• Beyond a 12ft total length, a thicker gauge HDMI cable rated as HIGH SPEED should be used if the SOURCE device is known to require HIGH SPEEDs.

Multi-Segment HDMI Connection

  • To the left is an example of a MULTI-SEGMENT HDMI connection.  A Blu-Ray Player is connected to a TV with a receiver in-between. 
  • There are a total of FOUR connectings points made - one at the Blu-Ray Player, another at the INPUT HDMI connector on the receiver, another at the OUTPUT HDMI connector on the receiver, and finally one at the TV
  • A THICKER GAUGE HDMI cable (26 or 24AWG) is recommended for BOTH segments in this circuit.  The 4 connecting points are already adding a significant amount of resistence along the copper wires.  By using a THICKER (or higher grade) HDMI cable, the signal strength degradation can be minimized.

Why is a CERTIFIED HDMI Cable important?

Only about half the vendors (store-fronts and websites) sell truly CERTIFIED HDMI cables. CERTIFIED means that cables have been tested by Silicon Images and HDMI LLC, and they meet or exceed testing specifications set out by a specific test version (such as 1.3B or 1.4A). ALL our HDMI cables, and HDMI related products are certified. We refuse to purchase cables or products that are not. Ask your store if they can produce the actual HDMI certification document. All our HDMI cables have this document available on-line or by request. Yes, there are CHEAPER HDMI cables for sale. Certification and an ISO quality process ensure you are getting a top quality product from My Cable Mart at a reasonable price. Don't be fooled by $1.00 cables on E-Bay!

Read up on our HDMI FAQ to help explain why you should buy OUR HDMI cables, instead of our competitors.

Your Equipment & Application

Short Distance Solutions (1.5 to 15 Feet)

Cable, Satellite Box, Blu-ray, or PC Direct to HDTV

  • 720, 1080i, or 1080p Support Desired
  • Box attached directly to TV (not channeled thru Receiver)
  • 3D Support (Not Required)
  • 1.5 to 15ft Maximum Length Needed

HDMI Cable Recommendation

General Duty HDMI Cables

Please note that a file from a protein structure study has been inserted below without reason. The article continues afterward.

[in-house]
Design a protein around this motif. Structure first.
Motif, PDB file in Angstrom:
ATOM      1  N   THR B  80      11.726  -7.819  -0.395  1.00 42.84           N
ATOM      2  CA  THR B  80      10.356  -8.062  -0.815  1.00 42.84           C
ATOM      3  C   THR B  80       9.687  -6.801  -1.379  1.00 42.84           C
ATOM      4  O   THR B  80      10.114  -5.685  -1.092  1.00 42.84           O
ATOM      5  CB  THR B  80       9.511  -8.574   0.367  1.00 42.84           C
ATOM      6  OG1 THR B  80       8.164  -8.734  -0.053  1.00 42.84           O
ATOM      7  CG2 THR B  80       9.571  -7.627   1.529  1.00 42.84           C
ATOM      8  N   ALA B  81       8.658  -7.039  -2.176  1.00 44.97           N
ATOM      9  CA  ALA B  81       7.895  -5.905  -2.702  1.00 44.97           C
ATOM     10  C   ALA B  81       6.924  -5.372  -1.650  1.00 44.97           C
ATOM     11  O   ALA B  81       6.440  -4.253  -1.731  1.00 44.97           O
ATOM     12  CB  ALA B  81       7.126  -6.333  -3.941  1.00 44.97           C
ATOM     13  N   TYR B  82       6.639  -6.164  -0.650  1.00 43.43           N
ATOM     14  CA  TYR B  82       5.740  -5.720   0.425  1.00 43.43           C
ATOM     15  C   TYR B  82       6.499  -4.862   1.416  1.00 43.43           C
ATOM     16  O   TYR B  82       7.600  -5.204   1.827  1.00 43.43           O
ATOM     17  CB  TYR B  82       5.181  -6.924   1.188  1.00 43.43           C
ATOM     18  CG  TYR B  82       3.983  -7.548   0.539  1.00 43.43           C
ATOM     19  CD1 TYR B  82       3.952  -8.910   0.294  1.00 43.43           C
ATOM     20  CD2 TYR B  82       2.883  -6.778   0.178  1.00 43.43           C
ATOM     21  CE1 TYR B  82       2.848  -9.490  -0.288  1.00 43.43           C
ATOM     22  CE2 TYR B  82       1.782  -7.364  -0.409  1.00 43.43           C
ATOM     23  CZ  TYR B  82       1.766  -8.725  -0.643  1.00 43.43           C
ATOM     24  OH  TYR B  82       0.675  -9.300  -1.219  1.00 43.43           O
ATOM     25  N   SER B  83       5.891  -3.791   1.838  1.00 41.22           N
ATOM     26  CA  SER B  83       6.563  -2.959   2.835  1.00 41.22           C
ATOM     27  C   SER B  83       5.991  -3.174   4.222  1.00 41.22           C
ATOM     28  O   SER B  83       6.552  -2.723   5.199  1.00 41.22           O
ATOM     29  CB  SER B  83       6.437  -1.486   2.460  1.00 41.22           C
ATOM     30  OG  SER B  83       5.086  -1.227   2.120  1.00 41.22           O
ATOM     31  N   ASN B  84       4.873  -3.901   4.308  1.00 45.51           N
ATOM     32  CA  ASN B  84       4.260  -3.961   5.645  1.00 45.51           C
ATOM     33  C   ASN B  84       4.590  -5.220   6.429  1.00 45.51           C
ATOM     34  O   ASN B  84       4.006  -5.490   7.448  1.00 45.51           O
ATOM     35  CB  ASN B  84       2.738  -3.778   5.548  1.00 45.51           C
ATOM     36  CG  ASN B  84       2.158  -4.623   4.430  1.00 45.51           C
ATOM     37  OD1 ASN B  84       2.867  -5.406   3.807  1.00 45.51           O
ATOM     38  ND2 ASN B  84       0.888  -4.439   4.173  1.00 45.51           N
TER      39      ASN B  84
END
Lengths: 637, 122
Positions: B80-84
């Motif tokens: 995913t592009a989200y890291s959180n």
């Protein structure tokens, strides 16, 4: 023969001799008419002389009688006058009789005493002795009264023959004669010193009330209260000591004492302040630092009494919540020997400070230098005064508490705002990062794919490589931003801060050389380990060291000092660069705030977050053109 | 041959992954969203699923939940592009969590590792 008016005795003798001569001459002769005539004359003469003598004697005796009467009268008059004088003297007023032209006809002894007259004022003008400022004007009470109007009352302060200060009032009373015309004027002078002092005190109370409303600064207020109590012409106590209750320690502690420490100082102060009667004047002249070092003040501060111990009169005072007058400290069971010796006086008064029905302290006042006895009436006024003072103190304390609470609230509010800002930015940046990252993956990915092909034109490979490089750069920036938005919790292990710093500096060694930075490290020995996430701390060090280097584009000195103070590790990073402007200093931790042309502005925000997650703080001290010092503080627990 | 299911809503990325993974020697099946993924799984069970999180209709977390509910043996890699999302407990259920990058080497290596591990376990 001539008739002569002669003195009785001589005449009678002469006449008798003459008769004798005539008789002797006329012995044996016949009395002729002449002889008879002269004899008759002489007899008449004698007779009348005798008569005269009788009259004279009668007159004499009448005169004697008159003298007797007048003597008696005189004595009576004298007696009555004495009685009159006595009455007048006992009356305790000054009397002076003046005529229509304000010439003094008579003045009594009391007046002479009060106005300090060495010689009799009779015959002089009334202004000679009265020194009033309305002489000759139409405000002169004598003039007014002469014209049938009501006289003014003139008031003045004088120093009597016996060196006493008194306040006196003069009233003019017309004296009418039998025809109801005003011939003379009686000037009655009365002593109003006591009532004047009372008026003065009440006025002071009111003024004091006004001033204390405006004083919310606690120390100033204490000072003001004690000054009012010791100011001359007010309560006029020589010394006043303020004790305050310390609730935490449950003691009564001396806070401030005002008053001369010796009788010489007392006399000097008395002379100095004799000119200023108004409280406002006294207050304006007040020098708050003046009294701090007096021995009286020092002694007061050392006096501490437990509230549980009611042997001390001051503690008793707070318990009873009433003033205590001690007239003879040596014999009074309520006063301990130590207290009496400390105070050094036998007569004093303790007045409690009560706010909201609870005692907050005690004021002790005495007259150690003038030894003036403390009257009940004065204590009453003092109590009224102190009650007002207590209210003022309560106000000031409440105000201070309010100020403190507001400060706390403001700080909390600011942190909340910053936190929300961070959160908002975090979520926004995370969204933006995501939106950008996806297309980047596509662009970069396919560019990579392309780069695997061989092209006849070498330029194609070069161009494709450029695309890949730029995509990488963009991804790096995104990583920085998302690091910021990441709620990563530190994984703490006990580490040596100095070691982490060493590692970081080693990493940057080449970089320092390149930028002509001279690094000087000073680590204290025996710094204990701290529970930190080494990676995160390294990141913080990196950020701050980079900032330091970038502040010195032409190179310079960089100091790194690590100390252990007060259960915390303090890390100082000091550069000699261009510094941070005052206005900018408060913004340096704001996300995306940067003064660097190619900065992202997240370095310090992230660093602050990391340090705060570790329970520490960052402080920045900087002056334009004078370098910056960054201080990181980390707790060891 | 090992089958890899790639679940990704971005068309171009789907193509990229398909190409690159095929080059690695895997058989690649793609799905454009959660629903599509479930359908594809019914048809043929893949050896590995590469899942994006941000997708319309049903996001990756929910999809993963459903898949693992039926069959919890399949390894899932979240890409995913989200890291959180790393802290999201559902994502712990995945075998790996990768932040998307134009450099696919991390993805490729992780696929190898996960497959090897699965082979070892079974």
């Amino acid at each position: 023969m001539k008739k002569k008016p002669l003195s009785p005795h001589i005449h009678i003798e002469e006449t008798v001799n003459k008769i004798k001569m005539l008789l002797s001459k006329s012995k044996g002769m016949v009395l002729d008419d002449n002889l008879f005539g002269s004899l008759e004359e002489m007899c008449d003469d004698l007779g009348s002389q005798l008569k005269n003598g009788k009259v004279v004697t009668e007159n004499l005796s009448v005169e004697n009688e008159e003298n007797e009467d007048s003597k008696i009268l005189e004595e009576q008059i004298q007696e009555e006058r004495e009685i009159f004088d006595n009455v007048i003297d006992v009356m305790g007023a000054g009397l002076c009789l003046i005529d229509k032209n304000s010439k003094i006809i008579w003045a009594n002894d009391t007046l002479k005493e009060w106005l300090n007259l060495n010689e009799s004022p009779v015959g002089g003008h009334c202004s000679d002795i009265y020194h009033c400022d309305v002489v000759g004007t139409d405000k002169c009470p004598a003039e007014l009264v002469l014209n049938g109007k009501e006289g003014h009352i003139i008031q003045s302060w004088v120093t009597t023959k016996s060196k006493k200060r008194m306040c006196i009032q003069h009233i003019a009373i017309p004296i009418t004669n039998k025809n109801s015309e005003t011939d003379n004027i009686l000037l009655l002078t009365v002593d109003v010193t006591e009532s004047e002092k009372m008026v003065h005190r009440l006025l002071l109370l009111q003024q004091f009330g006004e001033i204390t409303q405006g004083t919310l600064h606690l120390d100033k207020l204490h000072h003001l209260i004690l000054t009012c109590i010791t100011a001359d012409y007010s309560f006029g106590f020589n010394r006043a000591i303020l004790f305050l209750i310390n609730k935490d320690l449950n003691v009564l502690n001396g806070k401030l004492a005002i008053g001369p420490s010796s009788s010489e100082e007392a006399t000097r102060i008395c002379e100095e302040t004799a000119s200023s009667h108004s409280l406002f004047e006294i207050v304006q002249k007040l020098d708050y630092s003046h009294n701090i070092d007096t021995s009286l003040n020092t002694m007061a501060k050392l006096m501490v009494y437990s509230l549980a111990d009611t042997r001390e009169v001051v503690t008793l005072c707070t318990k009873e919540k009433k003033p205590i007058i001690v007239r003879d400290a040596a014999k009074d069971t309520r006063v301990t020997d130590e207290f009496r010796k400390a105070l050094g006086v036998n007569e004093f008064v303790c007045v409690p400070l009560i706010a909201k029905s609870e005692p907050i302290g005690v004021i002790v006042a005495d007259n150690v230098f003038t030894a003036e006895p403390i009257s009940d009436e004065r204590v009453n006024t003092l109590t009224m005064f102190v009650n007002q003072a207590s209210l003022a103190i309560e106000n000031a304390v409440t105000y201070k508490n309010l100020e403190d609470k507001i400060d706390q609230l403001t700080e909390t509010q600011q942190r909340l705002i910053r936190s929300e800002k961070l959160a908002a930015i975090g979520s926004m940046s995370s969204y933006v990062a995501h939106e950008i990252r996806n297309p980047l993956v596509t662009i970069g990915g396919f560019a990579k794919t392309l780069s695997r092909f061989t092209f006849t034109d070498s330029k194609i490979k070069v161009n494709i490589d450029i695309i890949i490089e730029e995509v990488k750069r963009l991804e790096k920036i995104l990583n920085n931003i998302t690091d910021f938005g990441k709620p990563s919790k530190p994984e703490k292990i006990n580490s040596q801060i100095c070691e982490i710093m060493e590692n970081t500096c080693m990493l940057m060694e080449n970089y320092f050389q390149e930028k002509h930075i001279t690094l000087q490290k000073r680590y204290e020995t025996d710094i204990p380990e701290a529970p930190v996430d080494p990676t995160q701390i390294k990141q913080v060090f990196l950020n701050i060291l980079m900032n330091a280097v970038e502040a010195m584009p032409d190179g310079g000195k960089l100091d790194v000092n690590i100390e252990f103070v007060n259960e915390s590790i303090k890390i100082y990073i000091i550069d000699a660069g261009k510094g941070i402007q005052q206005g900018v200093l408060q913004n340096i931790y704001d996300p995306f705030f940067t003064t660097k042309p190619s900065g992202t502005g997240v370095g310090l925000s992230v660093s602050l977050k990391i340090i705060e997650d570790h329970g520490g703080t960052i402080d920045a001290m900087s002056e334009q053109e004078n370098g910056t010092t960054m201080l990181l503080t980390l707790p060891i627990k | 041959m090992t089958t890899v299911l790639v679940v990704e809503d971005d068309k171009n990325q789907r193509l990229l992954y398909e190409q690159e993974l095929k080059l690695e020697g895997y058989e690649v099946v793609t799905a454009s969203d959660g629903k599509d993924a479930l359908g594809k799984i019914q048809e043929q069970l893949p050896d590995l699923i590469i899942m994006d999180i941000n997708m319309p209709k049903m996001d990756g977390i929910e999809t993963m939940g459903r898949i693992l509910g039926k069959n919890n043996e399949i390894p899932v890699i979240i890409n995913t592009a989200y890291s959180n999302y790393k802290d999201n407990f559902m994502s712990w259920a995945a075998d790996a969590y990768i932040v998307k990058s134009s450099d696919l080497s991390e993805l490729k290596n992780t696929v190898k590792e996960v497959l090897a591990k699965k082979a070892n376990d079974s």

General Duty HDMI Cable

While ALL of these cables can support HIGH SPEED data, only STANDARD SPEED is actually required for this application.  All Blu-ray players supported (except for 3D)

3D Blu-ray Direct to HDTV or Ultra HDTV

  • 720, 1080i, 1080p, or 4K Support Desired
  • Box attached directly to TV (not channeled thru Receiver)
  • 3D or 4K Support Desired
  • 1.5 to 15ft Maximum Length Needed
Extreme HDMI Cables or ELITE HDMI Cable
Extreme HDMI Cable Extreme HDMI Cable

While most Blu-ray players will work fine with standard 28AWG cables (see above), 3D BluRay players require the BEST possible signal at 10.2Gbps (and possibly beyond).

Any Source Video to A/V Receiver then to HDTV, or use of a SPLITTER or SWITCH

  • 720, 1080i, or 1080p Support Desired
  • 7Source equipment channeled first through Home Theatre Receiver, then to HDTV (Multi-segment)
  • 73D Support Required
  • 1.5 to 15ft Maximum Length Needed

Extreme HDMI Cables or ELITE HDMI Cable
Extreme HDMI Cable Extreme HDMI Cable

Channeling source video equipment (such as any Blu-ray player, cable box, or satellite box) first through your Home Theatre Receiver, and then to your HDTV is considered a "multi-segmented" HDMI circuit with a total of FOUR HDMI connection points. We strongly recommend either of these upgraded HDMI cables for such installation.

20 - 50ft Solutions

Cable, Satellite Box, Blu-ray, or PC Direct to HDTV

  • 720, 1080i, or 1080p Support Desired
  • Box attached directly to TV (not channeled thru Receiver)
  • 3D or 4Kx2K Support (Not Required)
  • 20-50ft Maximum Length Needed
General Duty HDMI Cable
Generat Duty HDMI Cable

While many of these cables can support HIGH SPEED data, only STANDARD SPEED is actually required for this application. All Blu-ray players supported (except for 3D) to 1080P. 3D Satellite and Cable Box supports. See below for 3D Blu-ray players (which require a HIGH SPEED solution)